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If we are moving to a pro-labour world, then yes

Generally speaking, it has been better to be short the average bank over the last twenty years or so. There are of course some exceptions to the rule, but in general the average bank has been pretty poor. It is not hard to understand why banks have been such bad businesses. Lending is a commodity, and you can really only compete on prices. The real value of banks historically has been the ability to raise cheap deposits, but with central banks essentially getting into the business of directly lending, having a large safe deposit base has been generally worthless. Japanese banks, who have spent a generation with low bond yields have been value trap for as long as I have been an investor (although I was long of them in 2004/5 period)

Japanese banks are cheap on my favoured measure, which is market cap to deposits. The problem is that they make a very low return on assets. I have tried to show this through a cross country comparison

Low bond yields and a low valuation for deposits go broadly together.

Perhaps a better way of looking at is the relative performance of Japanese banks, and the movement in JGB yields.

Japanese banks have been driven by very low inflation, and very low bond yields. My working view is that higher food prices and wages move together. I am not sure about causation, but if they do not move together governments risk significant political pressure. In Japan, we have begun to see food inflation, and we have suddenly seen a change in policy at the BOJ. My view is that food inflation is structural, so I expect to see wages rise, and inflation to continue to rise for the foreseeable future. In 1990 Japanese restaurants were the most expensive in the world. These days they are among the cheapest - so I expect more upward bias here.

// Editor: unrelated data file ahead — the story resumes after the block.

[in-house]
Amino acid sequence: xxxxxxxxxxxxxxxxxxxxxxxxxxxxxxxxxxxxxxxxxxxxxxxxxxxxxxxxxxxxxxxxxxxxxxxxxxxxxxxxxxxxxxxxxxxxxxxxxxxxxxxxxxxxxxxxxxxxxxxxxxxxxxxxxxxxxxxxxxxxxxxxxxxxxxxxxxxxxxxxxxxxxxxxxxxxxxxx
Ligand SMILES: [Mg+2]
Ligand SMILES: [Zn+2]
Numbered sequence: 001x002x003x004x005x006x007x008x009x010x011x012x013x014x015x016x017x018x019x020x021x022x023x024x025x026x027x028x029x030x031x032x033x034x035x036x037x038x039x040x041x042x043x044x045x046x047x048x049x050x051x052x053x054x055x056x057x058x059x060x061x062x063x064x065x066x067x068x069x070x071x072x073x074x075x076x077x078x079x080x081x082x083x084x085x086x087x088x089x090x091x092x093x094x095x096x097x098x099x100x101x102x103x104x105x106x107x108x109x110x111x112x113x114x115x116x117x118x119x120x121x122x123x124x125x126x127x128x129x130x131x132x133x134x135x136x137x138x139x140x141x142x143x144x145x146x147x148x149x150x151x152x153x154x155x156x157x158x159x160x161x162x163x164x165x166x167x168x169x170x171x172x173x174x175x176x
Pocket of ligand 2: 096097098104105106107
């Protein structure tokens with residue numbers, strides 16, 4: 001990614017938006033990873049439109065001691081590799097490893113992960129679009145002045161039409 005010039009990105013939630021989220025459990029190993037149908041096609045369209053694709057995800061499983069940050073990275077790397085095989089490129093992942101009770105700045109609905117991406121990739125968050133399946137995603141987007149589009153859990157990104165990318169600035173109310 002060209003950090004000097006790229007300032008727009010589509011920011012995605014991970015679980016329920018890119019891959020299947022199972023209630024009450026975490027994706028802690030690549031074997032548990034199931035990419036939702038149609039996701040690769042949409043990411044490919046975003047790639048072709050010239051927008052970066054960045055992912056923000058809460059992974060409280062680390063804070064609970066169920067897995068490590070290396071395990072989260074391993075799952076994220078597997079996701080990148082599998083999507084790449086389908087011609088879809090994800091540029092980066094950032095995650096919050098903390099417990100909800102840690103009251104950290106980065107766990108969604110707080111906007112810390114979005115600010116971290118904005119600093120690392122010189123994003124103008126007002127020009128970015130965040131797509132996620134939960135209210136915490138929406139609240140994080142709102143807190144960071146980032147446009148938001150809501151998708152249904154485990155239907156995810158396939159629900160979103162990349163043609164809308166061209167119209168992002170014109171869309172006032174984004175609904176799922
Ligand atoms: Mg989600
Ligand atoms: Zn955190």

From a foreigners perspective, buying Japanese banks also allows you to buy Japanese domestic assets at very cheap levels.

So are Japanese banks a buy? Probably yes, but your biggest risk is that China changes policy, and devalues, creating a deflationary wave. But from what I can see at the moment, risk reward looks good.

Capital Flows and Asset Markets
Russell Clark